Effects of pharmaceutical formulations containing thyme on carbon tetrachloride-induced liver injury in rats. Herbal supplements are widely used in the treatment of various liver disases, but some of them may also induce liver injuries. Regarding the infuence of thyme and its constituents on the liver, conflicting results have been reported in the literature. The objective of this study was to examine the influence of two commonly used pharmaceutical formulations containing thyme (Thymus (...) to be predominant active constituent in both tincture and syrup. Investigated thyme preparations exerted antioxidant effects in liver by preventing carbon tetrachloride-induced increase of lipid peroxidation. Furthermore, co-treatment with thyme preparations reversed the activities of oxidative stress-related enzymes xanthine oxidase, catalase, peroxidase, glutathione peroxidase and glutathione reductase, towards normal values in the liver. Hepatotoxicity induced by carbon tetrachloride was reflected

2015 BMC Complementary and Alternative Medicine

113. Improvement of mitochondrial function by Tapinanthus globifer (A.Rich.) Tiegh. Against hepatotoxic agent in isolated rat's liver mitochondria. (Abstract)

Improvement of mitochondrial function by Tapinanthus globifer (A.Rich.) Tiegh. Against hepatotoxic agent in isolated rat's liver mitochondria. Disturbed mitochondrial function and energy crisis serve as key mechanisms for the development of liver injury. Hence, targeting cellular mitochondria in liver diseases might serve as a therapeutic option. Tapinanthus globifer (A.Rich.) Tiegh. has been used in traditional medicine in the management of liver disease. However, there is no scientific (...) evidence supporting such use.The current investigation was designed to evaluate the protective role of Tapinanthus globifer treatment on the liver mitochondrial function after the induction of hepatotoxicity by the hepatotoxic agent Fe2+in vitro.In this study, isolated mitochondria from rats' liver was incubated with Fe2+ (10 μM) for 1 h in the absence or presence of T. globifer (50, 100 and 200 μg/mL) metanolic extract (MVA). Mitochondrial viability, mitochondrial membrane potential (ΔΨm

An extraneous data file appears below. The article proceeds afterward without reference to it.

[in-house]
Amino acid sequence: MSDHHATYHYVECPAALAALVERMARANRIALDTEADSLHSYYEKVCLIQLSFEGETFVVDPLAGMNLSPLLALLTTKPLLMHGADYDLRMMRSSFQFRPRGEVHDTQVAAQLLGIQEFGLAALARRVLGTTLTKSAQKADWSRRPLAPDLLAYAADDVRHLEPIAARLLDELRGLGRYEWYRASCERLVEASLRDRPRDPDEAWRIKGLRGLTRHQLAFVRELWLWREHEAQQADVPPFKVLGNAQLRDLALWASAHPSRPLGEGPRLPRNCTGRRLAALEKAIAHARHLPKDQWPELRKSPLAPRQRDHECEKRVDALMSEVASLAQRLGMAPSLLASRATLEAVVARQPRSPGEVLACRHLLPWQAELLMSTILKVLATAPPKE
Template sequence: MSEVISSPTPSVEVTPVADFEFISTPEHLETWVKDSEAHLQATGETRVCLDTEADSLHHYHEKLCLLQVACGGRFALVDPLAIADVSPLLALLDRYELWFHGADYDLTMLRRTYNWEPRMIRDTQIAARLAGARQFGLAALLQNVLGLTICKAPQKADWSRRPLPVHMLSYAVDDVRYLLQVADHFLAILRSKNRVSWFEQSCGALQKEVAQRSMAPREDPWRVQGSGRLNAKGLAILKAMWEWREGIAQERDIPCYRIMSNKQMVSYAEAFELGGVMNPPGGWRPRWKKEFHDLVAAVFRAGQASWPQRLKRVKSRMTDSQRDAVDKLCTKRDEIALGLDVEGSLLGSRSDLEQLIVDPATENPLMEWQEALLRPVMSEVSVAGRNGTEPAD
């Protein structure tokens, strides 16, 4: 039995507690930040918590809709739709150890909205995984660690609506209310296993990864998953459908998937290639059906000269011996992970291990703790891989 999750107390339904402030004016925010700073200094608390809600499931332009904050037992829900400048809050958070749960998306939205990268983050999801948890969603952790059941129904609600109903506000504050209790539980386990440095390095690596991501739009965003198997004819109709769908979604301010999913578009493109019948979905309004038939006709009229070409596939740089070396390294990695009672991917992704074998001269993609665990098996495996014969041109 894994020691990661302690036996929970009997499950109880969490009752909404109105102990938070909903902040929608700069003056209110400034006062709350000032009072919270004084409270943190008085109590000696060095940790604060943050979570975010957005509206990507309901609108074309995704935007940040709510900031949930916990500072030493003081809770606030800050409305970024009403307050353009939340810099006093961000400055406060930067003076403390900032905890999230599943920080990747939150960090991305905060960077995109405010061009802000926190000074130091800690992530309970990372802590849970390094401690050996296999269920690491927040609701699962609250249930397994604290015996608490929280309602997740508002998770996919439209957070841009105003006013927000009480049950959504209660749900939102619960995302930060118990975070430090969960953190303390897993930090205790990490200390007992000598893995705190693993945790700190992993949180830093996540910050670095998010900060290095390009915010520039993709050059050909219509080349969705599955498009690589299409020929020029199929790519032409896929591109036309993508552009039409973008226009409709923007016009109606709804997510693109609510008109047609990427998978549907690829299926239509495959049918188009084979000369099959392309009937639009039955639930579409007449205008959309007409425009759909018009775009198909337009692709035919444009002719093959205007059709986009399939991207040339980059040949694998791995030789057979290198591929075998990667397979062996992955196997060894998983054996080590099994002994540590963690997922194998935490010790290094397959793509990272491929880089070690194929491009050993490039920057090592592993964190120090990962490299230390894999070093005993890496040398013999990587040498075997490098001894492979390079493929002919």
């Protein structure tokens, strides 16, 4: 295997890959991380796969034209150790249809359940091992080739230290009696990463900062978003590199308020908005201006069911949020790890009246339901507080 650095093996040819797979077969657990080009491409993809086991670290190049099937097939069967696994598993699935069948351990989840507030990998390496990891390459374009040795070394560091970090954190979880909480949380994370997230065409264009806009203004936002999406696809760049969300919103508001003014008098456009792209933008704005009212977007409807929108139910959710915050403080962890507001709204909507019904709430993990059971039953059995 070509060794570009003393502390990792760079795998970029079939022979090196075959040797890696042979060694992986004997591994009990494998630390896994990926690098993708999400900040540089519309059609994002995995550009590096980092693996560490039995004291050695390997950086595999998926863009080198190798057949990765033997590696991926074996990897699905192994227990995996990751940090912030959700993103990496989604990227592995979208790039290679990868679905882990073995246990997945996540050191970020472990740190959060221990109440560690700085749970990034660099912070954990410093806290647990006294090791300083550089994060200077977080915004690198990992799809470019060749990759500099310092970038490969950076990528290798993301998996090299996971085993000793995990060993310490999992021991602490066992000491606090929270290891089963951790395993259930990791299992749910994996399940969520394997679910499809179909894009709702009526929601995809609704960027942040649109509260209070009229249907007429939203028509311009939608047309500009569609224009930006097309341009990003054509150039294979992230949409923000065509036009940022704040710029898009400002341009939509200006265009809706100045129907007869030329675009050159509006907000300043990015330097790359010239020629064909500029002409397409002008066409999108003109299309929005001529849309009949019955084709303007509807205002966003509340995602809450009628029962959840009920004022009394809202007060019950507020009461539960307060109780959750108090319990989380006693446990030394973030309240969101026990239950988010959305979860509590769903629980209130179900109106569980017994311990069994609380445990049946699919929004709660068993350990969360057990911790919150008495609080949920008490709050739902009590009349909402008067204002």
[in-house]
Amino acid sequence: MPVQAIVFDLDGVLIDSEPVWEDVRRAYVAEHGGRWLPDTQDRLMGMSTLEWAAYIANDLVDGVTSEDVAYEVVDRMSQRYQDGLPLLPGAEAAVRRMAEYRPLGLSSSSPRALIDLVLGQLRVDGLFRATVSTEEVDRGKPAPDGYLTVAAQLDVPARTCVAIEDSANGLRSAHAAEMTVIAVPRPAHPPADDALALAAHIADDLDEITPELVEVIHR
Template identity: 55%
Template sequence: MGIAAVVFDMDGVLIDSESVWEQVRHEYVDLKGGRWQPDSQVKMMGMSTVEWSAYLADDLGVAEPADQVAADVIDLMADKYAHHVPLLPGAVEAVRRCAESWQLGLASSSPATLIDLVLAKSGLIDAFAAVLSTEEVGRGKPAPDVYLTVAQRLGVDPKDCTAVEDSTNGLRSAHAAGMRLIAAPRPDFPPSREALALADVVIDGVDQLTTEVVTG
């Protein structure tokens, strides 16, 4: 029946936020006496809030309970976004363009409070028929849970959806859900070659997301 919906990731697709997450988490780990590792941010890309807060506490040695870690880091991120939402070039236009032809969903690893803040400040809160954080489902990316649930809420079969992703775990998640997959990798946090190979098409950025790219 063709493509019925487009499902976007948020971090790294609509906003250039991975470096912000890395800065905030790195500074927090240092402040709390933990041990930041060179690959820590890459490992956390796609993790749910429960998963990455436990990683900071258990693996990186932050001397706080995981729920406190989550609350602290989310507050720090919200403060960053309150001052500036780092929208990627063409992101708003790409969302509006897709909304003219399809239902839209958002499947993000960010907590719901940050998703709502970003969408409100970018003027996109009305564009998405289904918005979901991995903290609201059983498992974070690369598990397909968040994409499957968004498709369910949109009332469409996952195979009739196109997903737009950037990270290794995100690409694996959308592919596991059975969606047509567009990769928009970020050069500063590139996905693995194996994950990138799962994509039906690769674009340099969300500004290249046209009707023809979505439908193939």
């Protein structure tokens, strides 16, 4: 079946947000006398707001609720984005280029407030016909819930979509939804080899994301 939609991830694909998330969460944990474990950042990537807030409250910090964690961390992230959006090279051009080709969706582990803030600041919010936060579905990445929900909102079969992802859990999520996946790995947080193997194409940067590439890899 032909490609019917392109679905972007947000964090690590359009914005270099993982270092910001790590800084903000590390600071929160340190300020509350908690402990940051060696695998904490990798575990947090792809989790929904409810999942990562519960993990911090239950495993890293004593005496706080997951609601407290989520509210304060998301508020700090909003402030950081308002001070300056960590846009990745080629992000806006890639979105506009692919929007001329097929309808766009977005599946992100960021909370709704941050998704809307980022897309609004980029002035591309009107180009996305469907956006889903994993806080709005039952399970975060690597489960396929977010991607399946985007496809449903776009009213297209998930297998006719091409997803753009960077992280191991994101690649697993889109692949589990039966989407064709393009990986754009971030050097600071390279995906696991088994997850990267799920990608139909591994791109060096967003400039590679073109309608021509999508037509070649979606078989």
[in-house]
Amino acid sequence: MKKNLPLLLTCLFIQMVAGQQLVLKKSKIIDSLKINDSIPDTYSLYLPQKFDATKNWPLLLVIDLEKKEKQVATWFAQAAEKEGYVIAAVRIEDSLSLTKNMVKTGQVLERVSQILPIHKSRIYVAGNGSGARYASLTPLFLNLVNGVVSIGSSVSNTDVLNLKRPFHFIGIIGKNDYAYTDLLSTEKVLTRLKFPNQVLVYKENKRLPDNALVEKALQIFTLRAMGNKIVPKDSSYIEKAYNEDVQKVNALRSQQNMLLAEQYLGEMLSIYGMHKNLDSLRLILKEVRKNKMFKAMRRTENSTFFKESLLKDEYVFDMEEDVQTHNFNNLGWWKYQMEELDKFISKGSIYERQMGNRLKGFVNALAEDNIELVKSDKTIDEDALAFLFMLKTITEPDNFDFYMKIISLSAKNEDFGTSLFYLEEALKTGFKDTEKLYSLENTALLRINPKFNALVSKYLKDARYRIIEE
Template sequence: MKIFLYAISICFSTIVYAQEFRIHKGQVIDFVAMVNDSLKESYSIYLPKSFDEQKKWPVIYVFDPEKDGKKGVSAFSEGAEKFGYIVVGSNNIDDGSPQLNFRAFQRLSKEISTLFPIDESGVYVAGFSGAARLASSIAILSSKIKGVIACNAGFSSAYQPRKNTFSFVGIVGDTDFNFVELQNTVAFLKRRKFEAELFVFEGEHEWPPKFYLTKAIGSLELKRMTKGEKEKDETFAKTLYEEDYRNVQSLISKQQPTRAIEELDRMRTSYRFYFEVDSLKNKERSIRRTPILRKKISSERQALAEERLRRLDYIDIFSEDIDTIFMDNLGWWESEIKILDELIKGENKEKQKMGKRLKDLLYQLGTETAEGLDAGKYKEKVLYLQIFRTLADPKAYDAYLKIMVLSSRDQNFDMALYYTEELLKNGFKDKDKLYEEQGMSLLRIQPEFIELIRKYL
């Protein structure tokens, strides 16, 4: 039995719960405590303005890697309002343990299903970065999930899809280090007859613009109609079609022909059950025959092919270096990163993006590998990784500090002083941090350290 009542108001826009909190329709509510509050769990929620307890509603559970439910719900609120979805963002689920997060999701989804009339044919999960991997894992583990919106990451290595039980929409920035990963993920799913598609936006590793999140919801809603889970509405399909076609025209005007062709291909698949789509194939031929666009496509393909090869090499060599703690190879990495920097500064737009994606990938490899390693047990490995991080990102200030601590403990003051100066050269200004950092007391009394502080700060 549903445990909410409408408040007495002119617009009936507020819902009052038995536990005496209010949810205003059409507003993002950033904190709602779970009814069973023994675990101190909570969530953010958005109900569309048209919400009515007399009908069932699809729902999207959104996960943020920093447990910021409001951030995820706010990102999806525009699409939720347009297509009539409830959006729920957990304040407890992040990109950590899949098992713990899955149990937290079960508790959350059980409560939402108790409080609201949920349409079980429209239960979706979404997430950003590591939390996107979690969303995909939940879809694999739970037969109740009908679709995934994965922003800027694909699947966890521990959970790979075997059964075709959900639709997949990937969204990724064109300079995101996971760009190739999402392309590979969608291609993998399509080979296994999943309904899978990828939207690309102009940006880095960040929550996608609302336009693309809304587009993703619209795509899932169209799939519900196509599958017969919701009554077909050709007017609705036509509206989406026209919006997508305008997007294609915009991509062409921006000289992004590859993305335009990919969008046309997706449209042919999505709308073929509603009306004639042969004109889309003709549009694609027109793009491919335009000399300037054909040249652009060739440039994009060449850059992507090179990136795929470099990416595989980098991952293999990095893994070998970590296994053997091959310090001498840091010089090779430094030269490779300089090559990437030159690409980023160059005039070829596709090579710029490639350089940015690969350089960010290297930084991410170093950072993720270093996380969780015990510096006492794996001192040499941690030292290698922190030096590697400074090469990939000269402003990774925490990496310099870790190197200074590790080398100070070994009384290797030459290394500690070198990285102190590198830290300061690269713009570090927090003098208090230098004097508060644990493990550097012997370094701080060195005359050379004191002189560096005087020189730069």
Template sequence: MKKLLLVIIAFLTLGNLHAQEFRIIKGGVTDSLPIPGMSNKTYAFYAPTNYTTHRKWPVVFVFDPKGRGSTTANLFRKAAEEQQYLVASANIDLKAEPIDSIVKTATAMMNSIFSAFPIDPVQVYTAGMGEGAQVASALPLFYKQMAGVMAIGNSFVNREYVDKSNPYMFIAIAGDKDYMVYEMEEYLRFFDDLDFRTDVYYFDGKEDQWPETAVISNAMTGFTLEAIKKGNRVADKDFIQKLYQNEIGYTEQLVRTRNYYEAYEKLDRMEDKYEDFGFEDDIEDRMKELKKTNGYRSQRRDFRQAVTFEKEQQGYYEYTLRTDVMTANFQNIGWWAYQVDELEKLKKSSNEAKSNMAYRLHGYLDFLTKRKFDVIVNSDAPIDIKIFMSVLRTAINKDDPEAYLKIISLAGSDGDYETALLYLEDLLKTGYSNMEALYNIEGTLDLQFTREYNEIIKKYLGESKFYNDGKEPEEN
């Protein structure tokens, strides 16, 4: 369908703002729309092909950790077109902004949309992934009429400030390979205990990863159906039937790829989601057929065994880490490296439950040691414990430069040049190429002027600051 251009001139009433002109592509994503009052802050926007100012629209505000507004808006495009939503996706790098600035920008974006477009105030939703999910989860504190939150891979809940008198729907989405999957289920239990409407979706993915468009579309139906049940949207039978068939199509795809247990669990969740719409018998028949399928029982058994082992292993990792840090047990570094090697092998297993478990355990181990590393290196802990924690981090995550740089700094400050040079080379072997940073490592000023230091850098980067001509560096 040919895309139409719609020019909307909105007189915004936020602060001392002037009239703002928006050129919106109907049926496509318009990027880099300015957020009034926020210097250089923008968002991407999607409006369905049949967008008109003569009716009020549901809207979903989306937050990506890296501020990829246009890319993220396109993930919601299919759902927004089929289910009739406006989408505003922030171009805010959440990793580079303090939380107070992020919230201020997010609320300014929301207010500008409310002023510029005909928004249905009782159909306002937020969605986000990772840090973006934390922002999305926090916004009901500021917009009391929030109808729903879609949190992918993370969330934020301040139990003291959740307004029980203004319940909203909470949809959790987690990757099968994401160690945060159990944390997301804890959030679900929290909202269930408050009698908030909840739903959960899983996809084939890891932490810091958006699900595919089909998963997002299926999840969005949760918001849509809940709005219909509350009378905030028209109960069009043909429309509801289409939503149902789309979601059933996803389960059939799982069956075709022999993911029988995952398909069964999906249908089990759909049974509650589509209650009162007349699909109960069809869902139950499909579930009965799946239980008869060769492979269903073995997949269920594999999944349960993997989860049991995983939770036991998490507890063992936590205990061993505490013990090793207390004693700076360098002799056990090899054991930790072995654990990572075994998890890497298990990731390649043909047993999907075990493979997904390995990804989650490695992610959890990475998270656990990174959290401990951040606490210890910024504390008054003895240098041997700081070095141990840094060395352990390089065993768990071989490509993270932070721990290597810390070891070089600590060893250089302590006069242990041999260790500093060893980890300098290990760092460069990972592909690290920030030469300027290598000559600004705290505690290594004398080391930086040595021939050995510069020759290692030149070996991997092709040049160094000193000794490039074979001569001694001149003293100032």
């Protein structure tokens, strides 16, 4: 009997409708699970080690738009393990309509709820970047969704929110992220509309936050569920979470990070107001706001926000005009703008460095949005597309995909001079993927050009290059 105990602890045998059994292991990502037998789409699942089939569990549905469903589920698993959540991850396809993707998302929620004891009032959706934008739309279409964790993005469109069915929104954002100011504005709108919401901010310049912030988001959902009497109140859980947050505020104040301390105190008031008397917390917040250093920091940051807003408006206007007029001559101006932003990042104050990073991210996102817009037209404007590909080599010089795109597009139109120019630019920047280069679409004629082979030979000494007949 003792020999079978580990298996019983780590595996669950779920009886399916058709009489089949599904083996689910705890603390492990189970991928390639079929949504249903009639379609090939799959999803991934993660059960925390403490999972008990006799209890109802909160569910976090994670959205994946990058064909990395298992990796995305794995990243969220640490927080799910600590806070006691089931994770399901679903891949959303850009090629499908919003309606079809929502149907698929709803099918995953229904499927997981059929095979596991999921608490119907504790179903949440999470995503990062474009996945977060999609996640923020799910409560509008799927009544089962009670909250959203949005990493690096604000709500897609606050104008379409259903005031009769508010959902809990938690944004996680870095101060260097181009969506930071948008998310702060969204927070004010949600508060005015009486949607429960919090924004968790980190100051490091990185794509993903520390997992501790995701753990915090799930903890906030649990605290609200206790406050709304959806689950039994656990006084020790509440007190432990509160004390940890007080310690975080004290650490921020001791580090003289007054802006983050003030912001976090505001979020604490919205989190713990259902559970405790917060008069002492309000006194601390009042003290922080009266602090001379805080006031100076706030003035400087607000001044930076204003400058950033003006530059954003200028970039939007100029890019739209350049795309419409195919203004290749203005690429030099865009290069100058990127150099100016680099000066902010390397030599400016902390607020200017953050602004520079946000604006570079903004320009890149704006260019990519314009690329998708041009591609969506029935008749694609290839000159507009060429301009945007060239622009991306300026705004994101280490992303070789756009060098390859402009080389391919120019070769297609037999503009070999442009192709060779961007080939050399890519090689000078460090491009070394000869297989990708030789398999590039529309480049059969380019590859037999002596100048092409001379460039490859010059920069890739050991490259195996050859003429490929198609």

2019 Journal of Ethnopharmacology

114. Acetaminophen Hepatotoxicity. Full Text available with Trip Pro

Acetaminophen Hepatotoxicity. Acetaminophen (APAP) is one of the most popular and safe pain medications worldwide. However, due to its wide availability, it is frequently implicated in intentional or unintentional overdoses where it can cause severe liver injury and even acute liver failure (ALF). In fact, APAP toxicity is responsible for 46% of all ALF cases in the United States. Early mechanistic studies in mice demonstrated the formation of a reactive metabolite, which is responsible (...) death and the resulting inflammatory response. Furthermore, it discusses the translation of these findings to humans and the emergence of new therapeutic interventions.Thieme Medical Publishers 333 Seventh Avenue, New York, NY 10001, USA.